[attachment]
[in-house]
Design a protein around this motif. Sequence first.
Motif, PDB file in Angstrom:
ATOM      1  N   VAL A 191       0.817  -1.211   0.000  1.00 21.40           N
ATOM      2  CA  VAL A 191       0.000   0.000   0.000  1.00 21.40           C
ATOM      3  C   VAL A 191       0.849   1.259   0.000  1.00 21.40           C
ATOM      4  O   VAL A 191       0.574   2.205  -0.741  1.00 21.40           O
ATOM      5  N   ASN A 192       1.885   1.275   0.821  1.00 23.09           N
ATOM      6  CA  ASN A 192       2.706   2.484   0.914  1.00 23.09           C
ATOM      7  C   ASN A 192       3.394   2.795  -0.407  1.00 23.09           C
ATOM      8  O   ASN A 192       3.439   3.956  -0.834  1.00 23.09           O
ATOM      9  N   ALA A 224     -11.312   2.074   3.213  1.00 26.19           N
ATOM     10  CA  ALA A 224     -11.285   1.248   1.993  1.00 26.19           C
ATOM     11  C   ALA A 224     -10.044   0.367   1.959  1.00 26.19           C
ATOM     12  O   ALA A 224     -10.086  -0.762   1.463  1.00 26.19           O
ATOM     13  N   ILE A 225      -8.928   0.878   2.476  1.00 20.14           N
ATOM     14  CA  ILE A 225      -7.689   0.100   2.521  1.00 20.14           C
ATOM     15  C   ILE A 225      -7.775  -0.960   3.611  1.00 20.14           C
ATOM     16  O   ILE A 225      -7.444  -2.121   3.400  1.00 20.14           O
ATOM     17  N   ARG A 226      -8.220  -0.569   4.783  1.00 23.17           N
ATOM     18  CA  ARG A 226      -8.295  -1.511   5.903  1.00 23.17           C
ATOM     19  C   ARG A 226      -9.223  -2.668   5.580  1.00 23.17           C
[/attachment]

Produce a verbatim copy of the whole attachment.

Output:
[in-house]
Design a protein around this motif. Sequence first.
Motif, PDB file in Angstrom:
ATOM      1  N   VAL A 191       0.817  -1.211   0.000  1.00 21.40           N
ATOM      2  CA  VAL A 191       0.000   0.000   0.000  1.00 21.40           C
ATOM      3  C   VAL A 191       0.849   1.259   0.000  1.00 21.40           C
ATOM      4  O   VAL A 191       0.574   2.205  -0.741  1.00 21.40           O
ATOM      5  N   ASN A 192       1.885   1.275   0.821  1.00 23.09           N
ATOM      6  CA  ASN A 192       2.706   2.484   0.914  1.00 23.09           C
ATOM      7  C   ASN A 192       3.394   2.795  -0.407  1.00 23.09           C
ATOM      8  O   ASN A 192       3.439   3.956  -0.834  1.00 23.09           O
ATOM      9  N   ALA A 224     -11.312   2.074   3.213  1.00 26.19           N
ATOM     10  CA  ALA A 224     -11.285   1.248   1.993  1.00 26.19           C
ATOM     11  C   ALA A 224     -10.044   0.367   1.959  1.00 26.19           C
ATOM     12  O   ALA A 224     -10.086  -0.762   1.463  1.00 26.19           O
ATOM     13  N   ILE A 225      -8.928   0.878   2.476  1.00 20.14           N
ATOM     14  CA  ILE A 225      -7.689   0.100   2.521  1.00 20.14           C
ATOM     15  C   ILE A 225      -7.775  -0.960   3.611  1.00 20.14           C
ATOM     16  O   ILE A 225      -7.444  -2.121   3.400  1.00 20.14           O
ATOM     17  N   ARG A 226      -8.220  -0.569   4.783  1.00 23.17           N
ATOM     18  CA  ARG A 226      -8.295  -1.511   5.903  1.00 23.17           C
ATOM     19  C   ARG A 226      -9.223  -2.668   5.580  1.00 23.17           C